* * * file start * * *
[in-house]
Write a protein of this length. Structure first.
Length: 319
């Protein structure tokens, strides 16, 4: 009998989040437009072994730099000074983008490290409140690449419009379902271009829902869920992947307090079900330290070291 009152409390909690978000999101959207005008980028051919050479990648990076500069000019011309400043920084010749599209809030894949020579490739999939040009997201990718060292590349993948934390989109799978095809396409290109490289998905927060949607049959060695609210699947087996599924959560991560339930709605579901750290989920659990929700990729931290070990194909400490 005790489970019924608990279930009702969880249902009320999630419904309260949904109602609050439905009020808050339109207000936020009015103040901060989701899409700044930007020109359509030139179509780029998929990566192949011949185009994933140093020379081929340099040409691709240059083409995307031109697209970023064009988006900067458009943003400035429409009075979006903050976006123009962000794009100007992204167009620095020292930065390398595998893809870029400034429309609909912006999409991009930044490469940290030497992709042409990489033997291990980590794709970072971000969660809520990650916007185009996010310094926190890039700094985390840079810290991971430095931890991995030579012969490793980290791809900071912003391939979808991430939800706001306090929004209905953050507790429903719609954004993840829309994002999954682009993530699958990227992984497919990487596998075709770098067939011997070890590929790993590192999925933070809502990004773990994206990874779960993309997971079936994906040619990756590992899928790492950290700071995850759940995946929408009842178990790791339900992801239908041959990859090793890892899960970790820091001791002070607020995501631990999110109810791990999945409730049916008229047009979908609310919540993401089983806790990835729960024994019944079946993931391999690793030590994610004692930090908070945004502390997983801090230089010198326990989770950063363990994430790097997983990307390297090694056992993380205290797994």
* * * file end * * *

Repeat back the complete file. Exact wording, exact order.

[in-house]
Write a protein of this length. Structure first.
Length: 319
């Protein structure tokens, strides 16, 4: 009998989040437009072994730099000074983008490290409140690449419009379902271009829902869920992947307090079900330290070291 009152409390909690978000999101959207005008980028051919050479990648990076500069000019011309400043920084010749599209809030894949020579490739999939040009997201990718060292590349993948934390989109799978095809396409290109490289998905927060949607049959060695609210699947087996599924959560991560339930709605579901750290989920659990929700990729931290070990194909400490 005790489970019924608990279930009702969880249902009320999630419904309260949904109602609050439905009020808050339109207000936020009015103040901060989701899409700044930007020109359509030139179509780029998929990566192949011949185009994933140093020379081929340099040409691709240059083409995307031109697209970023064009988006900067458009943003400035429409009075979006903050976006123009962000794009100007992204167009620095020292930065390398595998893809870029400034429309609909912006999409991009930044490469940290030497992709042409990489033997291990980590794709970072971000969660809520990650916007185009996010310094926190890039700094985390840079810290991971430095931890991995030579012969490793980290791809900071912003391939979808991430939800706001306090929004209905953050507790429903719609954004993840829309994002999954682009993530699958990227992984497919990487596998075709770098067939011997070890590929790993590192999925933070809502990004773990994206990874779960993309997971079936994906040619990756590992899928790492950290700071995850759940995946929408009842178990790791339900992801239908041959990859090793890892899960970790820091001791002070607020995501631990999110109810791990999945409730049916008229047009979908609310919540993401089983806790990835729960024994019944079946993931391999690793030590994610004692930090908070945004502390997983801090230089010198326990989770950063363990994430790097997983990307390297090694056992993380205290797994």